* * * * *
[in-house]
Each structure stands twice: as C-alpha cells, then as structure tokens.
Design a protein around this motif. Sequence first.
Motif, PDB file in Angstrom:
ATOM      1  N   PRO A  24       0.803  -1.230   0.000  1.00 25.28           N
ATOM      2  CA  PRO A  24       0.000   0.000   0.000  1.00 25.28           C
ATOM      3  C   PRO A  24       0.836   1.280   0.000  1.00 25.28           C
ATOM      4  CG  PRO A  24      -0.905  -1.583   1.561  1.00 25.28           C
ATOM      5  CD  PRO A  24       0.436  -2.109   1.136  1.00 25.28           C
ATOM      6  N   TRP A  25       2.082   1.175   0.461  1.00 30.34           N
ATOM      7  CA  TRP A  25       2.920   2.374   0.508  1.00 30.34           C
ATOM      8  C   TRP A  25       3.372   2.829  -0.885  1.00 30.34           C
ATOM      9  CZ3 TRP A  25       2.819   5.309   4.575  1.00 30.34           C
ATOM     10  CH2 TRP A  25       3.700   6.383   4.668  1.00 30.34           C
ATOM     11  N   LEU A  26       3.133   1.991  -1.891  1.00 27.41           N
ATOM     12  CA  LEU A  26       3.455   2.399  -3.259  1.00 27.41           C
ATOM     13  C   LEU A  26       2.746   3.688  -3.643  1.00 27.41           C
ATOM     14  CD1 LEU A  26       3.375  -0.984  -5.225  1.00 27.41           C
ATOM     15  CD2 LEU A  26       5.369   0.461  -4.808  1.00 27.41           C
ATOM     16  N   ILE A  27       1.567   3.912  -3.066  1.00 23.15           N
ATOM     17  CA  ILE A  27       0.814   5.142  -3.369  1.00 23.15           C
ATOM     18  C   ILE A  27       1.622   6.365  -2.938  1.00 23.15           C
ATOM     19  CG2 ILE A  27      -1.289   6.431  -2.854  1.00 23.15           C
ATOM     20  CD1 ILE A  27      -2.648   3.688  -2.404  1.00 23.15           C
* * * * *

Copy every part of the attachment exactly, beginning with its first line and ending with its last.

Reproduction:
[in-house]
Each structure stands twice: as C-alpha cells, then as structure tokens.
Design a protein around this motif. Sequence first.
Motif, PDB file in Angstrom:
ATOM      1  N   PRO A  24       0.803  -1.230   0.000  1.00 25.28           N
ATOM      2  CA  PRO A  24       0.000   0.000   0.000  1.00 25.28           C
ATOM      3  C   PRO A  24       0.836   1.280   0.000  1.00 25.28           C
ATOM      4  CG  PRO A  24      -0.905  -1.583   1.561  1.00 25.28           C
ATOM      5  CD  PRO A  24       0.436  -2.109   1.136  1.00 25.28           C
ATOM      6  N   TRP A  25       2.082   1.175   0.461  1.00 30.34           N
ATOM      7  CA  TRP A  25       2.920   2.374   0.508  1.00 30.34           C
ATOM      8  C   TRP A  25       3.372   2.829  -0.885  1.00 30.34           C
ATOM      9  CZ3 TRP A  25       2.819   5.309   4.575  1.00 30.34           C
ATOM     10  CH2 TRP A  25       3.700   6.383   4.668  1.00 30.34           C
ATOM     11  N   LEU A  26       3.133   1.991  -1.891  1.00 27.41           N
ATOM     12  CA  LEU A  26       3.455   2.399  -3.259  1.00 27.41           C
ATOM     13  C   LEU A  26       2.746   3.688  -3.643  1.00 27.41           C
ATOM     14  CD1 LEU A  26       3.375  -0.984  -5.225  1.00 27.41           C
ATOM     15  CD2 LEU A  26       5.369   0.461  -4.808  1.00 27.41           C
ATOM     16  N   ILE A  27       1.567   3.912  -3.066  1.00 23.15           N
ATOM     17  CA  ILE A  27       0.814   5.142  -3.369  1.00 23.15           C
ATOM     18  C   ILE A  27       1.622   6.365  -2.938  1.00 23.15           C
ATOM     19  CG2 ILE A  27      -1.289   6.431  -2.854  1.00 23.15           C
ATOM     20  CD1 ILE A  27      -2.648   3.688  -2.404  1.00 23.15           C